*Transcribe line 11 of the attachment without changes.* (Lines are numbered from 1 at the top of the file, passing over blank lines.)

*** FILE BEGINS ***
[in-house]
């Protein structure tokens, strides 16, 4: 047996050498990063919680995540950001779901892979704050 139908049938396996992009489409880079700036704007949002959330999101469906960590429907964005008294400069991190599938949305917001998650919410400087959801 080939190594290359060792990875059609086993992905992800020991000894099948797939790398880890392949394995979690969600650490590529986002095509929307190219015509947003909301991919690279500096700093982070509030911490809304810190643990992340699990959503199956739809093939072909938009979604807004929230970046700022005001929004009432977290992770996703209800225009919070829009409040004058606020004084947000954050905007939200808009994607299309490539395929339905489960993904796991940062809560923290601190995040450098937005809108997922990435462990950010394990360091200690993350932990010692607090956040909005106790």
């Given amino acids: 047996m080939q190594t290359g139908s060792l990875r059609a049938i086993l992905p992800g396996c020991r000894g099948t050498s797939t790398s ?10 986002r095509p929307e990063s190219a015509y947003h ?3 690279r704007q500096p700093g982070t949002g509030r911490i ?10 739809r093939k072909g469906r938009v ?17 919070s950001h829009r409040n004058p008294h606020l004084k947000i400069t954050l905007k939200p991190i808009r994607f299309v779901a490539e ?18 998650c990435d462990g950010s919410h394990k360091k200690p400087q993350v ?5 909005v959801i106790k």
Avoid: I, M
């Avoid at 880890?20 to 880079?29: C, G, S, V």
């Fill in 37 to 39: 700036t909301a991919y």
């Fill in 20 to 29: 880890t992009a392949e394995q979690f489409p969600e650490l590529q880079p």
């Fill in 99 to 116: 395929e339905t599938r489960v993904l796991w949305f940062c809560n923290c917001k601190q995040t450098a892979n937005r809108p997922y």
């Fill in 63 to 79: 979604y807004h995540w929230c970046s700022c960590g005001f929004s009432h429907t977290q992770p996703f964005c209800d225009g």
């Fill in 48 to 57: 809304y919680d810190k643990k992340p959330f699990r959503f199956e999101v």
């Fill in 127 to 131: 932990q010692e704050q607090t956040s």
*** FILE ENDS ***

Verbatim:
């Fill in 127 to 131: 932990q010692e704050q607090t956040s």